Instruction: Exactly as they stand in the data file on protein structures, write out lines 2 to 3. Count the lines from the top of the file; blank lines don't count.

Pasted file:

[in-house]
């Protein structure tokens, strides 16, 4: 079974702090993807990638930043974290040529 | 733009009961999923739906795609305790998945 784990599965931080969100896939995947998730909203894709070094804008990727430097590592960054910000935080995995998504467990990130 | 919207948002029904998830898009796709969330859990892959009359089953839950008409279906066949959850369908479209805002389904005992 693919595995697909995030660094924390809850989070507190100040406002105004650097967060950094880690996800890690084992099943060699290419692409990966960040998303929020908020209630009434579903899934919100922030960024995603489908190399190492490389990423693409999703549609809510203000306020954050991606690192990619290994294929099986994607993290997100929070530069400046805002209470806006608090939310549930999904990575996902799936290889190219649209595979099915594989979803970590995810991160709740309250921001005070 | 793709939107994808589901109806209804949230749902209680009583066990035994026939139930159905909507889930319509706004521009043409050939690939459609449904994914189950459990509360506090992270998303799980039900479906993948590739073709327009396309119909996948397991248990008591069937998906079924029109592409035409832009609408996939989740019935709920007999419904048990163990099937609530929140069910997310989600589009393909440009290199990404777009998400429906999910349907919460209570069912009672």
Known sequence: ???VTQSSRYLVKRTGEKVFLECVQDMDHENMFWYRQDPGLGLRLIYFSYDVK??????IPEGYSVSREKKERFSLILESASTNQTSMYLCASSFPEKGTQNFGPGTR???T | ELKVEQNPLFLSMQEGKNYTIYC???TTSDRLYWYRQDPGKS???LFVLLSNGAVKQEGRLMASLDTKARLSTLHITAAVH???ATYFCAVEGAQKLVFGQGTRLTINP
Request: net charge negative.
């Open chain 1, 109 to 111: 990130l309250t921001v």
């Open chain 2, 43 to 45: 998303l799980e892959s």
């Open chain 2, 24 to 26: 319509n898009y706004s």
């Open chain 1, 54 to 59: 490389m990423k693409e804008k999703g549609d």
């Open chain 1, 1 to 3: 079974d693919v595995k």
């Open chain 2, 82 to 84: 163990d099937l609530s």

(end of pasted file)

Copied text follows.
């Protein structure tokens, strides 16, 4: 079974702090993807990638930043974290040529 | 733009009961999923739906795609305790998945 784990599965931080969100896939995947998730909203894709070094804008990727430097590592960054910000935080995995998504467990990130 | 919207948002029904998830898009796709969330859990892959009359089953839950008409279906066949959850369908479209805002389904005992 693919595995697909995030660094924390809850989070507190100040406002105004650097967060950094880690996800890690084992099943060699290419692409990966960040998303929020908020209630009434579903899934919100922030960024995603489908190399190492490389990423693409999703549609809510203000306020954050991606690192990619290994294929099986994607993290997100929070530069400046805002209470806006608090939310549930999904990575996902799936290889190219649209595979099915594989979803970590995810991160709740309250921001005070 | 793709939107994808589901109806209804949230749902209680009583066990035994026939139930159905909507889930319509706004521009043409050939690939459609449904994914189950459990509360506090992270998303799980039900479906993948590739073709327009396309119909996948397991248990008591069937998906079924029109592409035409832009609408996939989740019935709920007999419904048990163990099937609530929140069910997310989600589009393909440009290199990404777009998400429906999910349907919460209570069912009672």
Known sequence: ???VTQSSRYLVKRTGEKVFLECVQDMDHENMFWYRQDPGLGLRLIYFSYDVK??????IPEGYSVSREKKERFSLILESASTNQTSMYLCASSFPEKGTQNFGPGTR???T | ELKVEQNPLFLSMQEGKNYTIYC???TTSDRLYWYRQDPGKS???LFVLLSNGAVKQEGRLMASLDTKARLSTLHITAAVH???ATYFCAVEGAQKLVFGQGTRLTINP